You have permission to edit this article.
A look back as we look forward: How the YMCA has served in troubling times

A look back as we look forward: How the YMCA has served in troubling times

Only $3 for 13 weeks

YMCA tea van in France.

Since 1844, the YMCA has been an organization dedicated to tackling turmoil and despair. Perhaps a dramatic statement if you think of the Y as summer camp, pick-up basketball and swimming laps.

But take a closer look at its history of serving in times of need and you’ll see that it’s much more than just a gym.

The Y has served through some of America’s most troubling times of crisis, including the recent coronavirus pandemic, and with its strong community of supporters intact, has shown resilience and fortitude to not just survive, but help our community thrive. It’s a collective show of vested supporters on a mission aimed at strengthening the foundations of community through healthy living, youth development and social responsibility.

Formed in mid-1800s London, in a time when young men needed organizational guidance to escape the hazards of life on the streets, the Y was intent on tackling social issues. Shortly thereafter, on the docks of Boston in 1851, the YMCA was launched in America, for similar social reasons.

From the beginning, the Y showed positive influences with the first YMCA for African Americans in 1853, and the first-known English as a Second Language program for immigrants in 1856. The Civil War saw 5,000 members and volunteers distributing medical supplies, food and clothing, as well as teaching soldiers how to read and write.

On the streets of Chicago in 1867, the Y took on the pressing issues of safe and affordable housing, starting in a modest Farwell Hall dormitory and growing to offer more than 100,000 rooms across the country by 1940, more than any hotel chain at that time.

Some of this lodging provided the backbone for essential growth and development projects such as the railroad, lumber and mining, and for essential staff such as traveling military and wartime personnel.

By World War I, with the Y organization on solid ground, volunteerism flourished, and, working with the United War Work Council, the Y contributed more than $235 million — equivalent to $4.3 billion today — for relief work.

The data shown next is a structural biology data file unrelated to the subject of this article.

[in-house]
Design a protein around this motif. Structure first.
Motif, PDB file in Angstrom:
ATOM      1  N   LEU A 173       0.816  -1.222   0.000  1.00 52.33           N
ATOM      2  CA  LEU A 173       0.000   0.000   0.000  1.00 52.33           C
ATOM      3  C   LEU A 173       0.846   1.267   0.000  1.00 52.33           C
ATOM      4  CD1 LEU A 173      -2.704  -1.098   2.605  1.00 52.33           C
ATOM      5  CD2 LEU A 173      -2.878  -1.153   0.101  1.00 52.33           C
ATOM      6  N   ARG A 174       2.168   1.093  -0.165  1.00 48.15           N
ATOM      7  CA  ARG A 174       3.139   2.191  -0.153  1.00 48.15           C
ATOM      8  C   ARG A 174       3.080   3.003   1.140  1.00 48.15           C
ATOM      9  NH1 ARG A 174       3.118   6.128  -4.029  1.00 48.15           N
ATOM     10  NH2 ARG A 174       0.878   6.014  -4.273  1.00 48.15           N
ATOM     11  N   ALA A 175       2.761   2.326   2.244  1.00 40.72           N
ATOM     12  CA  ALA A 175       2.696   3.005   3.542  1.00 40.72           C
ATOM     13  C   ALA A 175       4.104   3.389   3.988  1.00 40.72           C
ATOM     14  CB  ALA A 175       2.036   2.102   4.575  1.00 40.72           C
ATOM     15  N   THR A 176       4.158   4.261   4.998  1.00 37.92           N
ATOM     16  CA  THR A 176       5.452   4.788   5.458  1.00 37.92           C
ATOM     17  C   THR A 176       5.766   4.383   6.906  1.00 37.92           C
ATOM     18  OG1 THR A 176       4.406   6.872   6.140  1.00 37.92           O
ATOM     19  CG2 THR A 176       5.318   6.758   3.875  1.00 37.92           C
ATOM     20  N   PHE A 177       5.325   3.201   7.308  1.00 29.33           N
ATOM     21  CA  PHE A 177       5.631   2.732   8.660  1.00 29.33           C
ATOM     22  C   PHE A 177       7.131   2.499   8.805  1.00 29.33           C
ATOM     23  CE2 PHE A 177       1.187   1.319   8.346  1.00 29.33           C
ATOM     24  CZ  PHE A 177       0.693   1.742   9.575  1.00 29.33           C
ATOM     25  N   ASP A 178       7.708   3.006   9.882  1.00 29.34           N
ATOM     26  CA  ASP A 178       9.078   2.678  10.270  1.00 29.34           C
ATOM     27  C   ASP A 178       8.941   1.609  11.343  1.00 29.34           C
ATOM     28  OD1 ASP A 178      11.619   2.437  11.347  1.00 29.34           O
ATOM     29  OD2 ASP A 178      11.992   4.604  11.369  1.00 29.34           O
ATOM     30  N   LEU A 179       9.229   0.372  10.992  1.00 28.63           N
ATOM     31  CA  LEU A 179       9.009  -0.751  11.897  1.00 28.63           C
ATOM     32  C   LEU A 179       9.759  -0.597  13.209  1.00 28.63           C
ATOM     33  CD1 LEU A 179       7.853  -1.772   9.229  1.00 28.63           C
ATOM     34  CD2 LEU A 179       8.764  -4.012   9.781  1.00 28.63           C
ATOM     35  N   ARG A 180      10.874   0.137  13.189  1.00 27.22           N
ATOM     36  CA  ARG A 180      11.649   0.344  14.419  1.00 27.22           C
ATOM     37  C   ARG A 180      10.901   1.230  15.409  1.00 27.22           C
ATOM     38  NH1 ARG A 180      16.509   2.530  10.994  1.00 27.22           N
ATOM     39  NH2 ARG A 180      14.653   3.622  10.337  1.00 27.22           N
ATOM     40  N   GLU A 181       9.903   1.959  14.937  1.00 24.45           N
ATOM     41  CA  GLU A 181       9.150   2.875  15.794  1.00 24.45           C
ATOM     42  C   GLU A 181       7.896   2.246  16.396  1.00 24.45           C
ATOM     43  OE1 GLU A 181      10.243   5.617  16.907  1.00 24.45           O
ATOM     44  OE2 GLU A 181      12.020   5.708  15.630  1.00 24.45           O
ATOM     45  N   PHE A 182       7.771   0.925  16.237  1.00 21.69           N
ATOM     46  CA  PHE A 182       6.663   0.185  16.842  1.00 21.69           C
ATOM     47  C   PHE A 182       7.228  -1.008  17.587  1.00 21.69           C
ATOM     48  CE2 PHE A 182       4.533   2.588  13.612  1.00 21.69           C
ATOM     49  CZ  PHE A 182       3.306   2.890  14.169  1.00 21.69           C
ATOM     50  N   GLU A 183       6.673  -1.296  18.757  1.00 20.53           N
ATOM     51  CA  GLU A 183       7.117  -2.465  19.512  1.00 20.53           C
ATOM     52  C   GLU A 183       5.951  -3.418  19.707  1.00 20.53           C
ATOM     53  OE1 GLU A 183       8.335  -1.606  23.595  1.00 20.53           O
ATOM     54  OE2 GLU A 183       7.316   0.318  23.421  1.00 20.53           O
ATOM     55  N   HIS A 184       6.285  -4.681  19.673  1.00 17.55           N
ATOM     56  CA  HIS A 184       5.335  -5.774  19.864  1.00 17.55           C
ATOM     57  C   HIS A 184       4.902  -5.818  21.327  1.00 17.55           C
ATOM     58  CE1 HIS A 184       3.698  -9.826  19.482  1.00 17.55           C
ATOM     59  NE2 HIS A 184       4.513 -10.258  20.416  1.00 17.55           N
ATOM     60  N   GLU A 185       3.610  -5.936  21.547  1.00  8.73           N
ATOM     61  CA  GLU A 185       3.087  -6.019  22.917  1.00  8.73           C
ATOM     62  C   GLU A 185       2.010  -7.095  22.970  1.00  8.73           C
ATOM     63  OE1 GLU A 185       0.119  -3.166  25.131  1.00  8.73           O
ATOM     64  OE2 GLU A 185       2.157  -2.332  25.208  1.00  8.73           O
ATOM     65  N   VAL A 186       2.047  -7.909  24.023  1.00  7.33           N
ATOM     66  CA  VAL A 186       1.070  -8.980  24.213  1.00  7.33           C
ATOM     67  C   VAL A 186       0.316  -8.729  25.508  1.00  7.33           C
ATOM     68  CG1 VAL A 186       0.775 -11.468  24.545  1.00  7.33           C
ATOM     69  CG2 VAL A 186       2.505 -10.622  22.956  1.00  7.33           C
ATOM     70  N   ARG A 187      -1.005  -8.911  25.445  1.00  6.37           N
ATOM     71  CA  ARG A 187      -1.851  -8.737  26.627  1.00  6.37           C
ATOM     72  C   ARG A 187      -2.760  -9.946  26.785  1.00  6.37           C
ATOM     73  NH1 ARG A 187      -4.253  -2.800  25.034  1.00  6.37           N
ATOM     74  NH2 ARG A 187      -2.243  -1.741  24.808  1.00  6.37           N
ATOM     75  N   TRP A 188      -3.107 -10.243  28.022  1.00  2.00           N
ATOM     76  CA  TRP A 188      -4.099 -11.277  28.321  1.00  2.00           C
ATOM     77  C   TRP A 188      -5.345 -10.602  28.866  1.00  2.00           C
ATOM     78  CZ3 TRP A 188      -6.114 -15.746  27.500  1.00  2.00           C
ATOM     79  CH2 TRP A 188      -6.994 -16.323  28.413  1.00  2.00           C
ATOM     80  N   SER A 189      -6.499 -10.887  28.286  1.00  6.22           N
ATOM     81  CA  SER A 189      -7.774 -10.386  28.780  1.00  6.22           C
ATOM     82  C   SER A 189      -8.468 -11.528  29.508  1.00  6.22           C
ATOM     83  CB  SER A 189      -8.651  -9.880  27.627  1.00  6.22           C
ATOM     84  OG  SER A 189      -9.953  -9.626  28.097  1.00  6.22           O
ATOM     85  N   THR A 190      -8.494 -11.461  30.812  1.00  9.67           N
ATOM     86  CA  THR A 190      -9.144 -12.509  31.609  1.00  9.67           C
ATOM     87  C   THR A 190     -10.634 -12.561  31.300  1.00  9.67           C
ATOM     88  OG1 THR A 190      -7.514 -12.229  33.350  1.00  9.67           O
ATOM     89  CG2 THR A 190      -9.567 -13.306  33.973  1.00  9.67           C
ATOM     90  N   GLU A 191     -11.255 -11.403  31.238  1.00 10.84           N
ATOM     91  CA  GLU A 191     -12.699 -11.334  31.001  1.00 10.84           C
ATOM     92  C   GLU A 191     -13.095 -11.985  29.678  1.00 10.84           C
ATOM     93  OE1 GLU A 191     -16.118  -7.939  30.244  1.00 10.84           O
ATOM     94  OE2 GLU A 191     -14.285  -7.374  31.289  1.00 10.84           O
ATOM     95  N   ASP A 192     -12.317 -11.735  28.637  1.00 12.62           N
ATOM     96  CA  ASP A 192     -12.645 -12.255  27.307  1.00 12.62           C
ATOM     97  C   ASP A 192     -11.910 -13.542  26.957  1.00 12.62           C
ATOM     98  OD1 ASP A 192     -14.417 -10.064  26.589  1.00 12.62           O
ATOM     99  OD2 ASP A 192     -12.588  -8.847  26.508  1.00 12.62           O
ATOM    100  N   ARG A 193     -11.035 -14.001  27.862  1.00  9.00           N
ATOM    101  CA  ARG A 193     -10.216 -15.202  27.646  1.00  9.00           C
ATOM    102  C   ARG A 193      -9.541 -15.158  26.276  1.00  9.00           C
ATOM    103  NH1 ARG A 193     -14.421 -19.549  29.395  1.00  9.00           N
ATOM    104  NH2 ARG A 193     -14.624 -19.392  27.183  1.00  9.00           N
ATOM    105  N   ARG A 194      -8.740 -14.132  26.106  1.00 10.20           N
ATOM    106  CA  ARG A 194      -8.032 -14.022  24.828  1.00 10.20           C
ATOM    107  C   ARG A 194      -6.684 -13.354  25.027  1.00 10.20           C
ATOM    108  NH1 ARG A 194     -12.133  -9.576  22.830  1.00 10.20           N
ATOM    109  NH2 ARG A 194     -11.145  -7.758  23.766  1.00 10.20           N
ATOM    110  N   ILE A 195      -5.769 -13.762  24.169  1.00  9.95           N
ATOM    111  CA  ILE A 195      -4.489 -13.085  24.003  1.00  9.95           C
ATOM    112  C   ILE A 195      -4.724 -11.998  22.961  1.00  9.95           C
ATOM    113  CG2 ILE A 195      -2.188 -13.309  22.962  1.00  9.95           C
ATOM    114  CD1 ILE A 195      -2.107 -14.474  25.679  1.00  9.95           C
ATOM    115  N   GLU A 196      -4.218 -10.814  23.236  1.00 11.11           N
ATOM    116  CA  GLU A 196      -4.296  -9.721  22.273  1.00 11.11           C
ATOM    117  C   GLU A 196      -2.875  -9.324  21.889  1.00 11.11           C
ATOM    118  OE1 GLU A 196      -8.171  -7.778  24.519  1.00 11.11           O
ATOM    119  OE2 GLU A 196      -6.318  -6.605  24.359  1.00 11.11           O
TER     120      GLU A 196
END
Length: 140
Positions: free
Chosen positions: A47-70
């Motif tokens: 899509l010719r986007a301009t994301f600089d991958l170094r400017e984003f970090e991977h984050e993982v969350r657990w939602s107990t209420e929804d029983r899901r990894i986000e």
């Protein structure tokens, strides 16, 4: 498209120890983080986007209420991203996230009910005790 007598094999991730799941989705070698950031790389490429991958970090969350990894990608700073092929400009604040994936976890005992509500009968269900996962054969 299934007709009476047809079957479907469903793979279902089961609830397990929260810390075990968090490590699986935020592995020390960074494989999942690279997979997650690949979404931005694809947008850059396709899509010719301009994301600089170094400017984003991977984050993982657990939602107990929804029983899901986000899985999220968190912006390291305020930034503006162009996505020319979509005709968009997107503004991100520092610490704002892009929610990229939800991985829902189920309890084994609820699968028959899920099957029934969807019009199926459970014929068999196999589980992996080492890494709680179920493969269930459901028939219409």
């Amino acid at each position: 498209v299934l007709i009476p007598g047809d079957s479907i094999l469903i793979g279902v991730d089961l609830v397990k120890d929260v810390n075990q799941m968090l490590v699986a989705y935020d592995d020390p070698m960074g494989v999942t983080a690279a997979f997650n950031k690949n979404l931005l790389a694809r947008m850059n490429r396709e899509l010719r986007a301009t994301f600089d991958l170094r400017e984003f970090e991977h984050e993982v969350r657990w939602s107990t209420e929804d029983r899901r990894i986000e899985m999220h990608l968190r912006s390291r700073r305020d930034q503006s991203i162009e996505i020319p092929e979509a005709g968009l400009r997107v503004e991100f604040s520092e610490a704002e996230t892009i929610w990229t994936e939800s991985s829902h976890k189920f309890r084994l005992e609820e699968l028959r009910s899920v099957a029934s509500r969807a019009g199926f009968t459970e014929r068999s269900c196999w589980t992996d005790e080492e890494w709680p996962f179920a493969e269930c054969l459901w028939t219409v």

World War II saw the Y, along with five other national voluntary organizations, form the United Service Organizations for National Defense, today known as the USO. In addition, YMCA staff working secretly in U.S. internment camps that held 110,000 Japanese Americans, organized educational clubs and athletic activities for the children.

While perhaps not as dire as war or pandemics, as industrialized nations and economies grew, other pressing health, social and youth development needs emerged. The Y continued to contribute toward change offering everything from organized summer camps for kids to health-related classes for seniors.

And with obesity in America constituting a crisis in and of itself, the Y has tackled the issue head-on with engaging programs including Healthy Kids Day, Y Weight Loss, Delay the Disease diabetes prevention and other important health and wellness opportunities provided for everyone in the community.

Locally, as we all battle this pandemic together, the Y has been proud to provide child care services to doctors and nurses on the front lines, at three CHI Early Learning Centers across Omaha. And, truly, it’s the continued support of members, donor contributions and numerous grant opportunities that allow the YMCA of Greater Omaha to continue to serve.

And so we say a sincere thank you to all our community members who have shown their support by choosing to #StickWithTheY.

Be the first to know

* I understand and agree that registration on or use of this site constitutes agreement to its user agreement and privacy policy.

Related to this story

Most Popular

Get up-to-the-minute news sent straight to your device.



Breaking News

Huskers Breaking News